Step inside the enchanted stick village at Pease Park

Kids rush into the doors and hang out the windows. Adults step gingerly over the mulch floors and step back to view the five, tall, curved, leaning structures that look like something from “Where the Wild Things Are” or “The Hobbit.”

“We let the kids in early,” says StickWork artist Patrick Dougherty. “They weren’t sure they were allowed to come in the gate.”

Sam Dougherty works on a stick work sculpture with his artist father Patrick Dougherty, from Chapel Hill, N.C.  RALPH BARRERA / AMERICAN-STATESMAN

The fences come down today. The public unveiling is 1 p.m.-3 p.m. Feb. 10, courtesy of the Pease Park Conservancy.

“We wanted to make a cathedral,” Dougherty says. “We got five corners instead.”

The $106,000 project made from 10 tons of locally harvested then bent, woven and fastened Texas ash, elm, ligustrum and depression willow were built in three weeks by Dougherty and his son, Sam, along with volunteers and staff from Houston’s Weingarten Art Group. The site off Parkway not far from Windsor Road was picked because of accessibility and parking, but it’s also a little sheltered and not clearly visible from North Lamar Boulevard.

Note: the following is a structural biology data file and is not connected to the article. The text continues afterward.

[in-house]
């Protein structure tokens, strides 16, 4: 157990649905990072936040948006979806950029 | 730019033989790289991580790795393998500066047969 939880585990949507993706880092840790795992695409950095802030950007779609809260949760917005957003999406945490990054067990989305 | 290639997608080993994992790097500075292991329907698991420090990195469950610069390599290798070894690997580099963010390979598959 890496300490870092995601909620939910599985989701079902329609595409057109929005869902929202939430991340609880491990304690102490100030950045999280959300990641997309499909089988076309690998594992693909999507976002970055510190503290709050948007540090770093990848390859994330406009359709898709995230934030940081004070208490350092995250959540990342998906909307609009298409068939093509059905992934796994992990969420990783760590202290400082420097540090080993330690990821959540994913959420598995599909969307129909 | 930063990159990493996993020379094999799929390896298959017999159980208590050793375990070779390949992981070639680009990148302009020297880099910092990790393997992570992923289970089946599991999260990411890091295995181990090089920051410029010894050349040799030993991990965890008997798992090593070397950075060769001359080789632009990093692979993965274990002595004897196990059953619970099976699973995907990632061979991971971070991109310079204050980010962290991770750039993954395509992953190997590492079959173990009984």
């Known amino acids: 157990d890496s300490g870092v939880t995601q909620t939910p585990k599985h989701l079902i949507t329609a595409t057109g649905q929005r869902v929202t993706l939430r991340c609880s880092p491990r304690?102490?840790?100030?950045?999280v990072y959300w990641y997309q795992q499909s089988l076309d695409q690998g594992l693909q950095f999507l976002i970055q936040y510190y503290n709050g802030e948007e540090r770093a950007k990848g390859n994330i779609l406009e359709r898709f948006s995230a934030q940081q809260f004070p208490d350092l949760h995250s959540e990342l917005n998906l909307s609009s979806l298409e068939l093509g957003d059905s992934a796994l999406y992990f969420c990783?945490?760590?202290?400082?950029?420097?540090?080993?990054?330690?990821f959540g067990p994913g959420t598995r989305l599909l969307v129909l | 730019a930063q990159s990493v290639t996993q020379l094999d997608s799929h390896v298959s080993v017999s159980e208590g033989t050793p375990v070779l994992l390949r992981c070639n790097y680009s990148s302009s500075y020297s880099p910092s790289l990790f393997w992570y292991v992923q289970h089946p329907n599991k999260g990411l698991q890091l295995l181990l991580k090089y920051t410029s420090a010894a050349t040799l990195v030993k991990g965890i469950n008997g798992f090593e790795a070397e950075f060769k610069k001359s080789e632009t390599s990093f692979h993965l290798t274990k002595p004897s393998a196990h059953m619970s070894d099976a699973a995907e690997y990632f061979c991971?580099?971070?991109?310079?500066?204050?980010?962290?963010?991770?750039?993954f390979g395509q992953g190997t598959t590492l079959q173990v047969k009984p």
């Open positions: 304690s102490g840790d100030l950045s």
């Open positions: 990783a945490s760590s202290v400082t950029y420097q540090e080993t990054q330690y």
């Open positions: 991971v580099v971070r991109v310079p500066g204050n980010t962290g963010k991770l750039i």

Volunteer Carol Burton helps to intertwine tree saplings into an inner wall of a the sculpture is made entirely out of tree saplings and is made possible by the Pease Park Conservancy which is committed to enhancing the cultural environment of the park. RALPH BARRERA / AMERICAN-STATESMAN

Dougherty, who has built 288 of these StickWork projects around the world after working on a family cabin, had always wanted to work in Austin. He says the still-unnamed group of five structures should last two years before they begin to deteriorate seriously.

The Conservancy will maintain the art, then, with the help mulch the remains to spread around the park.

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Update: An earlier version of this post said the project cost more.